A variable rate home loan is one where the interest rate can and will change over the course of your loan. The rate is determined by your lender, not the Reserve Bank of Australia, so while the cash rate might go down, your bank may decide not to follow suit, although they do broadly follow market conditions. One of the upsides of variable rates is that they are typically more flexible than their fixed rate counterparts which means that a lot of these products will let you make extra repayments and offer features such as offset accounts.

Split rates home loans

A split loan lets you fix a portion of your loan, and leave the remainder on a variable rate so you get a bet each way on fixed and variable rates. A split loan is a good option for someone who wants the peace of mind that regular repayments can provide but still wants to retain some of the additional features variable loans typically provide such as an offset account. Of course, with most things in life, split loans are still a trade-off. If the variable rate goes down, for example, the lower interest rates will only apply to the section that you didn’t fix.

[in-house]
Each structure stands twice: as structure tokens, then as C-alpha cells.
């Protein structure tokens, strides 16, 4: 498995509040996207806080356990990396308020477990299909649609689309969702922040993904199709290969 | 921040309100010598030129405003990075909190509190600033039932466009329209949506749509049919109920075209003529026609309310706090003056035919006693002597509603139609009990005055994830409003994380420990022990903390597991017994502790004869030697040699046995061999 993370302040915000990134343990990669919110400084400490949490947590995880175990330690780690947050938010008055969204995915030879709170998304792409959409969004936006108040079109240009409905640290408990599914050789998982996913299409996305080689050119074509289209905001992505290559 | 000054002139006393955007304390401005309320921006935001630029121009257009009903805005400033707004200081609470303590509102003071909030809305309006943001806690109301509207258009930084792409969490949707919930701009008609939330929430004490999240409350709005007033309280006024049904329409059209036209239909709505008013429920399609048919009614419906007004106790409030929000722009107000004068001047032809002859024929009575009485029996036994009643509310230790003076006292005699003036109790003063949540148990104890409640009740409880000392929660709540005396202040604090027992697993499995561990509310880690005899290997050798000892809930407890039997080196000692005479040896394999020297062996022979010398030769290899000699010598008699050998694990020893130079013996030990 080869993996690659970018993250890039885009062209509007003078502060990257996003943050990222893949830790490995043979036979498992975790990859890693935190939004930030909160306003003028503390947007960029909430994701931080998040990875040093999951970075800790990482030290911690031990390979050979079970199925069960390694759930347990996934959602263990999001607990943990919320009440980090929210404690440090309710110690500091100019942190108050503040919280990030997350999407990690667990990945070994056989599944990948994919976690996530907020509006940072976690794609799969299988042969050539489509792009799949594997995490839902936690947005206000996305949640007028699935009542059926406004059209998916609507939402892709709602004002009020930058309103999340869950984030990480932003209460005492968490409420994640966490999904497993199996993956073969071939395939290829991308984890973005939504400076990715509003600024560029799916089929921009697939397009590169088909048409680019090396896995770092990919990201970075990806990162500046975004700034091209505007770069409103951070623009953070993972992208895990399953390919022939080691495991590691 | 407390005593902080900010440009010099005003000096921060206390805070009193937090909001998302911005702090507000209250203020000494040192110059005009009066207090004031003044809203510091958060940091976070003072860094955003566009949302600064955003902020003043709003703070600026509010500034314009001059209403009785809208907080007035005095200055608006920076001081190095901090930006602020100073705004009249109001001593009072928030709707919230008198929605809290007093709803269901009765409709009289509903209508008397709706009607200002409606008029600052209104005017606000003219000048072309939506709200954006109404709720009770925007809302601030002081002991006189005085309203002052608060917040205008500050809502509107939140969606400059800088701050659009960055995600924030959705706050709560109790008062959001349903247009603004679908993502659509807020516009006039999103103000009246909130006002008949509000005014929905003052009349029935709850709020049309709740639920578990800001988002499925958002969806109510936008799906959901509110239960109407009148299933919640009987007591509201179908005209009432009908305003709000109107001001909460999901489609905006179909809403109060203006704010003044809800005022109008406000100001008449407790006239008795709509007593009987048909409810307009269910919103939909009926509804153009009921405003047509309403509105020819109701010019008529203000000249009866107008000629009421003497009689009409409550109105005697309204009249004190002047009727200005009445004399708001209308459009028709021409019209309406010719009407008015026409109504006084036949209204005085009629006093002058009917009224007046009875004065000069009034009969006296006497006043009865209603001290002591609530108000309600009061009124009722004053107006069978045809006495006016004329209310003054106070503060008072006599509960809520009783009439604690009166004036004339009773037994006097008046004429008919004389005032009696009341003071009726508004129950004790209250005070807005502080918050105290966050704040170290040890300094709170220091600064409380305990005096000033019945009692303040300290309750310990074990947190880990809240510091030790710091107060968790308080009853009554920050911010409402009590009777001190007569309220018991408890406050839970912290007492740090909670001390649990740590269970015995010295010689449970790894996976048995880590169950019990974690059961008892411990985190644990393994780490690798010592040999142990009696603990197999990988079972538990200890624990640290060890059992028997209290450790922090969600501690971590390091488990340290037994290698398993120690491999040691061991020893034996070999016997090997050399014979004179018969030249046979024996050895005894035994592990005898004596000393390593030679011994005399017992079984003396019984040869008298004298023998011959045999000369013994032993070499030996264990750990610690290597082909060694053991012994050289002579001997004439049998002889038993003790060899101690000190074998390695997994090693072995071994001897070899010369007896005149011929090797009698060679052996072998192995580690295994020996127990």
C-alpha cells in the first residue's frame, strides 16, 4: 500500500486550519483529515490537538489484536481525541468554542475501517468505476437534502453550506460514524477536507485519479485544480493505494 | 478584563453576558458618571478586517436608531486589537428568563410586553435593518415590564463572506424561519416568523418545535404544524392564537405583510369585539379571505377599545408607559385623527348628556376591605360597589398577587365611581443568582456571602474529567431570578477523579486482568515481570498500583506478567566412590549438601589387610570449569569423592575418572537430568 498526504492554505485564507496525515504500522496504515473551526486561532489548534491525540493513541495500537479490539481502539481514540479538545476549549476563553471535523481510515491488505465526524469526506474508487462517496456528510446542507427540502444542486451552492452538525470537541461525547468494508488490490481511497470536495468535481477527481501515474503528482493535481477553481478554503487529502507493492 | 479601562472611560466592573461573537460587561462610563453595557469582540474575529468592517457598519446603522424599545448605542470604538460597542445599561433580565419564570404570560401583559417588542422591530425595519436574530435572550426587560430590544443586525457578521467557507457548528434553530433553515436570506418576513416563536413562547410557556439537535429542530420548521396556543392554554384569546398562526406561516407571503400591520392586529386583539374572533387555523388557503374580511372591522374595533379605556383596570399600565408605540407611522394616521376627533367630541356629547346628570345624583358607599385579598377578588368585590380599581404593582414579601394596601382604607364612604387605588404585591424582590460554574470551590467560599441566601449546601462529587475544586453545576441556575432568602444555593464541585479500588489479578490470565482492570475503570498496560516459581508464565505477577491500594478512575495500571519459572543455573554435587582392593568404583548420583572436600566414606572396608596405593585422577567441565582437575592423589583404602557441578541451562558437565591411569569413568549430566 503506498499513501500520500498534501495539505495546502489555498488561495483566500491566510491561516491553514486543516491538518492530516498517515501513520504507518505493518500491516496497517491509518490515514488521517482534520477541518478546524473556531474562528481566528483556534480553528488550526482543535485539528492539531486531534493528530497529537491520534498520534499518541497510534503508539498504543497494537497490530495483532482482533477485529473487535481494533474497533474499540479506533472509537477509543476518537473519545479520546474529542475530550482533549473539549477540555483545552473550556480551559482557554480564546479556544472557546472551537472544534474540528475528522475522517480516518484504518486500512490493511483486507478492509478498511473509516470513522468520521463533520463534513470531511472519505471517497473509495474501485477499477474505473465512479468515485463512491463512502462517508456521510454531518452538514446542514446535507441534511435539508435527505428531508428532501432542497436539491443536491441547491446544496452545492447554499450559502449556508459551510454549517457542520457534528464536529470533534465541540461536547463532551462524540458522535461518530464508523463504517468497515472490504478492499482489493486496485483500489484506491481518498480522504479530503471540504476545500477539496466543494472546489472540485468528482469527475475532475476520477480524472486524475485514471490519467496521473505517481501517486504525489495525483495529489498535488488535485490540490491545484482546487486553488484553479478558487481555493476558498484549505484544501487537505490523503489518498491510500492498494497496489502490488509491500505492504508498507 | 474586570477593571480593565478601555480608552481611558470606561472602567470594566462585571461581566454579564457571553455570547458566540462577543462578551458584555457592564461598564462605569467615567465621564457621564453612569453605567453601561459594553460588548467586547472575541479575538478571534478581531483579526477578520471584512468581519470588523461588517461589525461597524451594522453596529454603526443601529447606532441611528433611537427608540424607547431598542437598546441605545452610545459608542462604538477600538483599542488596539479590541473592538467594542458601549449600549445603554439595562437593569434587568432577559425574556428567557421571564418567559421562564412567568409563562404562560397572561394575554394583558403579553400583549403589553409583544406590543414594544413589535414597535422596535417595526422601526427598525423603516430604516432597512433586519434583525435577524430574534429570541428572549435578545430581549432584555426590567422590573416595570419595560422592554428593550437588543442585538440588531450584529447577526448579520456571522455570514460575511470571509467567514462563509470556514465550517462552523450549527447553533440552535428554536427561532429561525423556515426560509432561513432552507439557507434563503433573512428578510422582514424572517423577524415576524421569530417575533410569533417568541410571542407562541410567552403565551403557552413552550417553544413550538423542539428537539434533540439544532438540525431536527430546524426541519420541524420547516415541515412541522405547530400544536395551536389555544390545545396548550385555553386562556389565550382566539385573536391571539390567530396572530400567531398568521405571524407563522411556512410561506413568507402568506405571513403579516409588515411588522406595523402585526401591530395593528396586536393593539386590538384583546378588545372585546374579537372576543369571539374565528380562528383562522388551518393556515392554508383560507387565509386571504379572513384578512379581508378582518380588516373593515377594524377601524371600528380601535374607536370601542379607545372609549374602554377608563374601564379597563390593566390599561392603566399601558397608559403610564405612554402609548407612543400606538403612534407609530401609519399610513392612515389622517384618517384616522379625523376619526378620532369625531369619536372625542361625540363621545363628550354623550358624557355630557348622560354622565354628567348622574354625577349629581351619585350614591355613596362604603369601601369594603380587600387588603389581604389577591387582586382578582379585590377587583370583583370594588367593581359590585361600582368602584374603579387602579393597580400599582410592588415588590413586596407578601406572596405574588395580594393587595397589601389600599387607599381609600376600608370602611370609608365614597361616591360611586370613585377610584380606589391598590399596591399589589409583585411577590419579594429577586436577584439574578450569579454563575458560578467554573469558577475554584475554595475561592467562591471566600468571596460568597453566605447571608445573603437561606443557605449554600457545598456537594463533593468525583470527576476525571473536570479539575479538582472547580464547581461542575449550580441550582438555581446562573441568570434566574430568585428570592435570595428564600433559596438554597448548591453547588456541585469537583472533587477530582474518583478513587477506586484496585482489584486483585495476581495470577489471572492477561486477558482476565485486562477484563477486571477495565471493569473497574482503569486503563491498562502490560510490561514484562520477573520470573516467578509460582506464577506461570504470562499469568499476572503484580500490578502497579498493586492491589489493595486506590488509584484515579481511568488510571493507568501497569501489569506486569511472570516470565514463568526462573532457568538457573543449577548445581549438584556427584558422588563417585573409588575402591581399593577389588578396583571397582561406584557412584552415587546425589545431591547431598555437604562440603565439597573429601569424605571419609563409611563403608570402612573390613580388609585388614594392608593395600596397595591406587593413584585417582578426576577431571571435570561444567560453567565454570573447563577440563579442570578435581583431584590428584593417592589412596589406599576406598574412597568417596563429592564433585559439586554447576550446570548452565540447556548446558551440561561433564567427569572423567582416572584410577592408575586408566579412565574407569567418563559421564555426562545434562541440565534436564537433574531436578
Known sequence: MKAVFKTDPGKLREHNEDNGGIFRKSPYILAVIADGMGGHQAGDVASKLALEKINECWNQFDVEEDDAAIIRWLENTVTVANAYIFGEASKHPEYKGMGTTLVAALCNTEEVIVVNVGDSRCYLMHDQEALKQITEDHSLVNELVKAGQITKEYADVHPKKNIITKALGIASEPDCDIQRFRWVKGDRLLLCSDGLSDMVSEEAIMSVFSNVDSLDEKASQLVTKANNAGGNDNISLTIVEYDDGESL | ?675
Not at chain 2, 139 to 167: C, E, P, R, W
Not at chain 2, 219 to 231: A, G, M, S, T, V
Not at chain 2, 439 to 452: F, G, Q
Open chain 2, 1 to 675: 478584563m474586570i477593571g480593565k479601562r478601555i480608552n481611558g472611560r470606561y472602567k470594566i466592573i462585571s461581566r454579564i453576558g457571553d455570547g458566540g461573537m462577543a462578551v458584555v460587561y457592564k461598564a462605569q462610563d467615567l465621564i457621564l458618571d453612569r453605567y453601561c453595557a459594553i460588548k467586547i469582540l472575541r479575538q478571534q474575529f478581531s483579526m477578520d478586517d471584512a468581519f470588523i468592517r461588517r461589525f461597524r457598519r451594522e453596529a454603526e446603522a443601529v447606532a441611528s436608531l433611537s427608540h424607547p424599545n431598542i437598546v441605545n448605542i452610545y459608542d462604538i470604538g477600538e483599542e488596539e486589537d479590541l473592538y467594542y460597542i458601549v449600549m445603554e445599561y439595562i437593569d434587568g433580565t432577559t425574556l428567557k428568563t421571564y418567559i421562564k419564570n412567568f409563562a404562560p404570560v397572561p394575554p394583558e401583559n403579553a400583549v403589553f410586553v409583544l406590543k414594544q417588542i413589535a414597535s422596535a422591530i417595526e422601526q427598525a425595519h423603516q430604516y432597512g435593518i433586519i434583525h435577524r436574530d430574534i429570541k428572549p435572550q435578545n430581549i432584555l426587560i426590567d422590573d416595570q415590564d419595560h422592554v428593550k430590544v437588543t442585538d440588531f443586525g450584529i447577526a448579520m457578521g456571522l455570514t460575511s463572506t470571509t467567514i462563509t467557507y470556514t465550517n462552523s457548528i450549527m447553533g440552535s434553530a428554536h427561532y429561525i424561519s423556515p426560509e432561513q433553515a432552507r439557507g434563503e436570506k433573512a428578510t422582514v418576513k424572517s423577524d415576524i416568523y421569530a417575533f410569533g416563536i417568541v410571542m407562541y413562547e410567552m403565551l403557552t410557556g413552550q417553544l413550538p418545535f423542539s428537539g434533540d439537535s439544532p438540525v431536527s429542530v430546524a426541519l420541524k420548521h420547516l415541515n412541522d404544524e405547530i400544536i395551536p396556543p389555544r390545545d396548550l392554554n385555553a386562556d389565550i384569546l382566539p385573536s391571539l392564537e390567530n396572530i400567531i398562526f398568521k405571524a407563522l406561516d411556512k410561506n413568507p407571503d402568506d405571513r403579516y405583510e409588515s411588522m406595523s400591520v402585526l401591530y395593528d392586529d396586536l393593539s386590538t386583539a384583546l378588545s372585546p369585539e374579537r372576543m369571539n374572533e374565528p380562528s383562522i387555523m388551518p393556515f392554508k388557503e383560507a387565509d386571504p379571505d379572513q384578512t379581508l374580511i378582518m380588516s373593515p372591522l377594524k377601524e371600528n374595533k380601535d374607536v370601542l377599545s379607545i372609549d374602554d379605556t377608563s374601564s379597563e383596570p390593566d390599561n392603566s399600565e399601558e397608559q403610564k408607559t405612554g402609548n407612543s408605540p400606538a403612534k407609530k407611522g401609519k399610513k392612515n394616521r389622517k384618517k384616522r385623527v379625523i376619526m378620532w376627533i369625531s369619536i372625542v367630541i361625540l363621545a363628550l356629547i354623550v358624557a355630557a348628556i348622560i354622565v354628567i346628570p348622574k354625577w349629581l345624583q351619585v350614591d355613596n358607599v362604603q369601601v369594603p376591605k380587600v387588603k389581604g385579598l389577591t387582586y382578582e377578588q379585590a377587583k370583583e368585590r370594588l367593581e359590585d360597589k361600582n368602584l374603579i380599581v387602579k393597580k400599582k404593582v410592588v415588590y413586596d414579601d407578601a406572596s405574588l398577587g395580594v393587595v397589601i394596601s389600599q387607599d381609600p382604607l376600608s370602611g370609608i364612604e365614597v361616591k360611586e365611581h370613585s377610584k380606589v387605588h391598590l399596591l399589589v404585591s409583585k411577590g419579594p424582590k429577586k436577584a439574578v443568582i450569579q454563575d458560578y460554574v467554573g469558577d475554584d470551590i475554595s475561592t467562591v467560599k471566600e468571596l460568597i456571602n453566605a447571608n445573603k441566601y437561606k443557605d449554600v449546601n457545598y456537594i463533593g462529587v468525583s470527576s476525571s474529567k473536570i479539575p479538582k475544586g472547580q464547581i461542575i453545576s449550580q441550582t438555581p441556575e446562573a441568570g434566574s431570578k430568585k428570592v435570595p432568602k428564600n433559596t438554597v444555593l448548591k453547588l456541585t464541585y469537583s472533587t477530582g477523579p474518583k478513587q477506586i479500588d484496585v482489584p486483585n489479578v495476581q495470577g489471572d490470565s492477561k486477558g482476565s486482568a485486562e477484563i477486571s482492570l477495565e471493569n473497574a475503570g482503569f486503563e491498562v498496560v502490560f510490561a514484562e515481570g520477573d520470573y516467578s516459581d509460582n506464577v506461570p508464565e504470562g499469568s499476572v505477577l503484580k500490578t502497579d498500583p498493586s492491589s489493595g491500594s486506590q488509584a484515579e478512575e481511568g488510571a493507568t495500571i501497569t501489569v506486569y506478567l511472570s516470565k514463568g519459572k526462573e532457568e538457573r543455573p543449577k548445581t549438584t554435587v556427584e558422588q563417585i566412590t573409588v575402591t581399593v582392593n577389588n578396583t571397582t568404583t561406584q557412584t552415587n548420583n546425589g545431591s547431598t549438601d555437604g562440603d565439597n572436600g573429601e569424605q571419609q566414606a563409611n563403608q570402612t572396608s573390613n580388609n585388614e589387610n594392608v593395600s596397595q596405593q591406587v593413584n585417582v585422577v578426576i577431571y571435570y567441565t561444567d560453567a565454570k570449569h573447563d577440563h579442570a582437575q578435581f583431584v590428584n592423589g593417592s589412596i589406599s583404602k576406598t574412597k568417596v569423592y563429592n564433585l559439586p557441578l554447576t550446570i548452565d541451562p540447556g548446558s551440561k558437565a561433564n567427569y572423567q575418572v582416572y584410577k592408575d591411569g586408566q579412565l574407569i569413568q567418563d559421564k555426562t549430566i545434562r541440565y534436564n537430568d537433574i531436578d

What is a debt service ratio?

A method of gauging a borrower’s home loan serviceability (ability to afford home loan repayments), the debt service ratio (DSR) is the fraction of an applicant’s income that will need to go towards paying back a loan. The DSR is typically expressed as a percentage, and lenders may decline loans to borrowers with too high a DSR (often over 30 per cent).

What is a split home loan?

A split loan lets you fix a portion of your loan, and leave the remainder on a variable rate so you get a bet each way on fixed and variable rates. A split loan is a good option for someone who wants the peace of mind that regular repayments can provide but still wants to retain some of the additional features variable loans typically provide such as an offset account. Of course, with most things in life, split loans are still a trade-off. If the variable rate goes down, for example, the lower interest rates will only apply to the section that you didn’t fix.

Does Australia have no cost refinancing?

No Cost Refinancing is an option available in the US where the lender or broker covers your switching costs, such as appraisal fees and settlement costs. Unfortunately, no cost refinancing isn’t available in Australia.